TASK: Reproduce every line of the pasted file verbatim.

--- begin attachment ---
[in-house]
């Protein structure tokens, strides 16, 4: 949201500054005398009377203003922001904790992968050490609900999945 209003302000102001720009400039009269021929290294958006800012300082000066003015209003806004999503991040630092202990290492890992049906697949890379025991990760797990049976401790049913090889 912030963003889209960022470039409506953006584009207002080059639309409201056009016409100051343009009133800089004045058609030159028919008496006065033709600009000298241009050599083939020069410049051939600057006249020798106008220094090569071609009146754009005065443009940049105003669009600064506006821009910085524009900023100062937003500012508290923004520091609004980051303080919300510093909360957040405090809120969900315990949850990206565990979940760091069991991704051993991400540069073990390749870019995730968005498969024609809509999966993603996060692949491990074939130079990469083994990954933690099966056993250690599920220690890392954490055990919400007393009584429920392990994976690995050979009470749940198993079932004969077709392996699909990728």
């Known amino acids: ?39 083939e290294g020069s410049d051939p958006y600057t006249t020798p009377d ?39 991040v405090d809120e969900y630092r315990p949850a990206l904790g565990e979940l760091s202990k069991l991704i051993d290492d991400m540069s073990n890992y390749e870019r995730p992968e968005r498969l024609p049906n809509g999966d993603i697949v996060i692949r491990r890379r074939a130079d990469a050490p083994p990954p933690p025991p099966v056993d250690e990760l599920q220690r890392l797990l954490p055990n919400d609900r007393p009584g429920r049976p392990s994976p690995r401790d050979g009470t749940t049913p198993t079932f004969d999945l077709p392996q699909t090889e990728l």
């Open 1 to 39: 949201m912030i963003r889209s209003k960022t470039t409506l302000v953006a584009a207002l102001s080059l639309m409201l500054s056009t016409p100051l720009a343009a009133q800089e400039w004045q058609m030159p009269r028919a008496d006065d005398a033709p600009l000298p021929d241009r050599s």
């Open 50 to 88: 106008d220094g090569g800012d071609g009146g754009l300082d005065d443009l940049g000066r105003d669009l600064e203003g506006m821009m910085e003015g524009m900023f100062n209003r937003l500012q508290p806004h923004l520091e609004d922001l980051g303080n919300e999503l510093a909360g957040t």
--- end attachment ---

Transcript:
[in-house]
């Protein structure tokens, strides 16, 4: 949201500054005398009377203003922001904790992968050490609900999945 209003302000102001720009400039009269021929290294958006800012300082000066003015209003806004999503991040630092202990290492890992049906697949890379025991990760797990049976401790049913090889 912030963003889209960022470039409506953006584009207002080059639309409201056009016409100051343009009133800089004045058609030159028919008496006065033709600009000298241009050599083939020069410049051939600057006249020798106008220094090569071609009146754009005065443009940049105003669009600064506006821009910085524009900023100062937003500012508290923004520091609004980051303080919300510093909360957040405090809120969900315990949850990206565990979940760091069991991704051993991400540069073990390749870019995730968005498969024609809509999966993603996060692949491990074939130079990469083994990954933690099966056993250690599920220690890392954490055990919400007393009584429920392990994976690995050979009470749940198993079932004969077709392996699909990728």
């Known amino acids: ?39 083939e290294g020069s410049d051939p958006y600057t006249t020798p009377d ?39 991040v405090d809120e969900y630092r315990p949850a990206l904790g565990e979940l760091s202990k069991l991704i051993d290492d991400m540069s073990n890992y390749e870019r995730p992968e968005r498969l024609p049906n809509g999966d993603i697949v996060i692949r491990r890379r074939a130079d990469a050490p083994p990954p933690p025991p099966v056993d250690e990760l599920q220690r890392l797990l954490p055990n919400d609900r007393p009584g429920r049976p392990s994976p690995r401790d050979g009470t749940t049913p198993t079932f004969d999945l077709p392996q699909t090889e990728l």
């Open 1 to 39: 949201m912030i963003r889209s209003k960022t470039t409506l302000v953006a584009a207002l102001s080059l639309m409201l500054s056009t016409p100051l720009a343009a009133q800089e400039w004045q058609m030159p009269r028919a008496d006065d005398a033709p600009l000298p021929d241009r050599s």
């Open 50 to 88: 106008d220094g090569g800012d071609g009146g754009l300082d005065d443009l940049g000066r105003d669009l600064e203003g506006m821009m910085e003015g524009m900023f100062n209003r937003l500012q508290p806004h923004l520091e609004d922001l980051g303080n919300e999503l510093a909360g957040t």